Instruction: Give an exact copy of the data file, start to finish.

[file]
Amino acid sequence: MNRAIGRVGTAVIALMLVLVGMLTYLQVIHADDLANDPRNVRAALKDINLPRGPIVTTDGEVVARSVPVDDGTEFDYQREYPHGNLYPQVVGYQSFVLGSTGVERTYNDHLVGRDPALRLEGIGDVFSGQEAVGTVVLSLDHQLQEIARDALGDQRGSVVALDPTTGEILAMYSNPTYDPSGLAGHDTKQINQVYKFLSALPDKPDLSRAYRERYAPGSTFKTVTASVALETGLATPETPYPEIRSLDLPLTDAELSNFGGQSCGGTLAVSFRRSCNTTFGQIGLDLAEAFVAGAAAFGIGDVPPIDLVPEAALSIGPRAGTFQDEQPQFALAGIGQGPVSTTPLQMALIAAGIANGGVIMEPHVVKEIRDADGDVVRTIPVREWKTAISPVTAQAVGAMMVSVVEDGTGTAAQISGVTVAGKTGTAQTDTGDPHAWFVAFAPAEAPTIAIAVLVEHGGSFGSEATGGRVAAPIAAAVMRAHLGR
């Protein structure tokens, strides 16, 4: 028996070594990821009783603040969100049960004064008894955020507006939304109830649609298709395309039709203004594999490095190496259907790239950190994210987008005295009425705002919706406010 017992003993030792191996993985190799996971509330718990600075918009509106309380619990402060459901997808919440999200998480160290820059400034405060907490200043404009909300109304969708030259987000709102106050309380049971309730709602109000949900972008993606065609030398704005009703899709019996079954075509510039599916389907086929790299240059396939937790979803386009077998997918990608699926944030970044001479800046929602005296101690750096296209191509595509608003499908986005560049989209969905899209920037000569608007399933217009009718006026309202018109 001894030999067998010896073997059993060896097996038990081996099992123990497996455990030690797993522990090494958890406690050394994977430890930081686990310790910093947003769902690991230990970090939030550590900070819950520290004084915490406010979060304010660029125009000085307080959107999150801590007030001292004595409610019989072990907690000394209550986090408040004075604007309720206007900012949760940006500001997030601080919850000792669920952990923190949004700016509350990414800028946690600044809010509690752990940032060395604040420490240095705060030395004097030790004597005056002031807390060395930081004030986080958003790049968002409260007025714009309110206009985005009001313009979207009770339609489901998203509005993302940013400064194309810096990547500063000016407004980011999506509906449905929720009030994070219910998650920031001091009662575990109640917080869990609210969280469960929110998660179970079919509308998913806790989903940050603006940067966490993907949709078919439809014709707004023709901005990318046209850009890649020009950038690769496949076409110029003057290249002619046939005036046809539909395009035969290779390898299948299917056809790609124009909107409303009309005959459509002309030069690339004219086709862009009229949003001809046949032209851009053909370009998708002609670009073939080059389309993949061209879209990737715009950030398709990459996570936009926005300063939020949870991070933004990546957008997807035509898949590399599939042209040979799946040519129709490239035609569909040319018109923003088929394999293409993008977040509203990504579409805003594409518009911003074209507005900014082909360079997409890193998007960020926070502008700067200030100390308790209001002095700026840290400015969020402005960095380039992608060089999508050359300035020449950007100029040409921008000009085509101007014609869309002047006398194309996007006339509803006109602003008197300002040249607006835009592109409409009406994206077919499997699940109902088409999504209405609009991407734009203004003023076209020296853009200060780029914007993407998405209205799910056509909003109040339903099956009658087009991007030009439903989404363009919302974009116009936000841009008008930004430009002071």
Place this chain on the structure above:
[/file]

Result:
Amino acid sequence: MNRAIGRVGTAVIALMLVLVGMLTYLQVIHADDLANDPRNVRAALKDINLPRGPIVTTDGEVVARSVPVDDGTEFDYQREYPHGNLYPQVVGYQSFVLGSTGVERTYNDHLVGRDPALRLEGIGDVFSGQEAVGTVVLSLDHQLQEIARDALGDQRGSVVALDPTTGEILAMYSNPTYDPSGLAGHDTKQINQVYKFLSALPDKPDLSRAYRERYAPGSTFKTVTASVALETGLATPETPYPEIRSLDLPLTDAELSNFGGQSCGGTLAVSFRRSCNTTFGQIGLDLAEAFVAGAAAFGIGDVPPIDLVPEAALSIGPRAGTFQDEQPQFALAGIGQGPVSTTPLQMALIAAGIANGGVIMEPHVVKEIRDADGDVVRTIPVREWKTAISPVTAQAVGAMMVSVVEDGTGTAAQISGVTVAGKTGTAQTDTGDPHAWFVAFAPAEAPTIAIAVLVEHGGSFGSEATGGRVAAPIAAAVMRAHLGR
């Protein structure tokens, strides 16, 4: 028996070594990821009783603040969100049960004064008894955020507006939304109830649609298709395309039709203004594999490095190496259907790239950190994210987008005295009425705002919706406010 017992003993030792191996993985190799996971509330718990600075918009509106309380619990402060459901997808919440999200998480160290820059400034405060907490200043404009909300109304969708030259987000709102106050309380049971309730709602109000949900972008993606065609030398704005009703899709019996079954075509510039599916389907086929790299240059396939937790979803386009077998997918990608699926944030970044001479800046929602005296101690750096296209191509595509608003499908986005560049989209969905899209920037000569608007399933217009009718006026309202018109 001894030999067998010896073997059993060896097996038990081996099992123990497996455990030690797993522990090494958890406690050394994977430890930081686990310790910093947003769902690991230990970090939030550590900070819950520290004084915490406010979060304010660029125009000085307080959107999150801590007030001292004595409610019989072990907690000394209550986090408040004075604007309720206007900012949760940006500001997030601080919850000792669920952990923190949004700016509350990414800028946690600044809010509690752990940032060395604040420490240095705060030395004097030790004597005056002031807390060395930081004030986080958003790049968002409260007025714009309110206009985005009001313009979207009770339609489901998203509005993302940013400064194309810096990547500063000016407004980011999506509906449905929720009030994070219910998650920031001091009662575990109640917080869990609210969280469960929110998660179970079919509308998913806790989903940050603006940067966490993907949709078919439809014709707004023709901005990318046209850009890649020009950038690769496949076409110029003057290249002619046939005036046809539909395009035969290779390898299948299917056809790609124009909107409303009309005959459509002309030069690339004219086709862009009229949003001809046949032209851009053909370009998708002609670009073939080059389309993949061209879209990737715009950030398709990459996570936009926005300063939020949870991070933004990546957008997807035509898949590399599939042209040979799946040519129709490239035609569909040319018109923003088929394999293409993008977040509203990504579409805003594409518009911003074209507005900014082909360079997409890193998007960020926070502008700067200030100390308790209001002095700026840290400015969020402005960095380039992608060089999508050359300035020449950007100029040409921008000009085509101007014609869309002047006398194309996007006339509803006109602003008197300002040249607006835009592109409409009406994206077919499997699940109902088409999504209405609009991407734009203004003023076209020296853009200060780029914007993407998405209205799910056509909003109040339903099956009658087009991007030009439903989404363009919302974009116009936000841009008008930004430009002071």
Place this chain on the structure above: